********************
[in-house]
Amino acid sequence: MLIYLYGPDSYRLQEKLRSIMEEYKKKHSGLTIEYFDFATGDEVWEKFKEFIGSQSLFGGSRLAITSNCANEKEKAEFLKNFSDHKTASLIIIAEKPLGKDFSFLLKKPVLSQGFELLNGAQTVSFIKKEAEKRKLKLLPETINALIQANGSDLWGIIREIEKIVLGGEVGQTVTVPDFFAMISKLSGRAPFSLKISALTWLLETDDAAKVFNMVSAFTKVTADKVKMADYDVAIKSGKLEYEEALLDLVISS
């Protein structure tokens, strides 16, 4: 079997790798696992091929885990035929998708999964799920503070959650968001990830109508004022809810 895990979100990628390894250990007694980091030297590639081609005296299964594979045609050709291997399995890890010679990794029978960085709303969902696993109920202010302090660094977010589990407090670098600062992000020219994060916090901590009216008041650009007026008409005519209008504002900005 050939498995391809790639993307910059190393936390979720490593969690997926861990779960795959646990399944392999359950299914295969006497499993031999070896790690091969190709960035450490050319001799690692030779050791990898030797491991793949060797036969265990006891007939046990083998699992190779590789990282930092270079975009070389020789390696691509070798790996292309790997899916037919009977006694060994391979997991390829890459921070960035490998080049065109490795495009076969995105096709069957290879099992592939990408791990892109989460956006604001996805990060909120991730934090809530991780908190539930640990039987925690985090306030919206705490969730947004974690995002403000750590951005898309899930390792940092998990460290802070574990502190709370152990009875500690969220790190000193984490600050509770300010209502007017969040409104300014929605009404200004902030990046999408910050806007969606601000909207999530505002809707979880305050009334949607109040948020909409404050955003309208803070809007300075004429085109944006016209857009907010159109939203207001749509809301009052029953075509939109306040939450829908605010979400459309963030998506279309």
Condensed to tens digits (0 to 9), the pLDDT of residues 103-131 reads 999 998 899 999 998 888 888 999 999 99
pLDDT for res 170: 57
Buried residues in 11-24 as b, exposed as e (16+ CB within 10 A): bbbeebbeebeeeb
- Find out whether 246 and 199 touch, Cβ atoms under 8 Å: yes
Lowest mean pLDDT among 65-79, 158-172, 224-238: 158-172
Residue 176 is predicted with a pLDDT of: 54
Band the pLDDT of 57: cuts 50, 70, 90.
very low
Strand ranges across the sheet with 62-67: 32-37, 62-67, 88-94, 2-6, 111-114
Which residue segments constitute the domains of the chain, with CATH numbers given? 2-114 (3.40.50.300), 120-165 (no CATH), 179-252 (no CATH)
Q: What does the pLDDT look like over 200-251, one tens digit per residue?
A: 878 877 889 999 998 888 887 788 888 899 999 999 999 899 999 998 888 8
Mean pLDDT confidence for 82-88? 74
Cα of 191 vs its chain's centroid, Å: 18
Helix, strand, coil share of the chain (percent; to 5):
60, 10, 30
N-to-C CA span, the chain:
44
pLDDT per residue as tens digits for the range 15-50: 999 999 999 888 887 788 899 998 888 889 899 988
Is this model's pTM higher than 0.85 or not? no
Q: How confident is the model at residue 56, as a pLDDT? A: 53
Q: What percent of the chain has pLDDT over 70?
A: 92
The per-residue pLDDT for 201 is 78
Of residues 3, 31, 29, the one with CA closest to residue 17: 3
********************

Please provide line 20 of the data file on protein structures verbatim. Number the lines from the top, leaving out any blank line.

N-to-C CA span, the chain: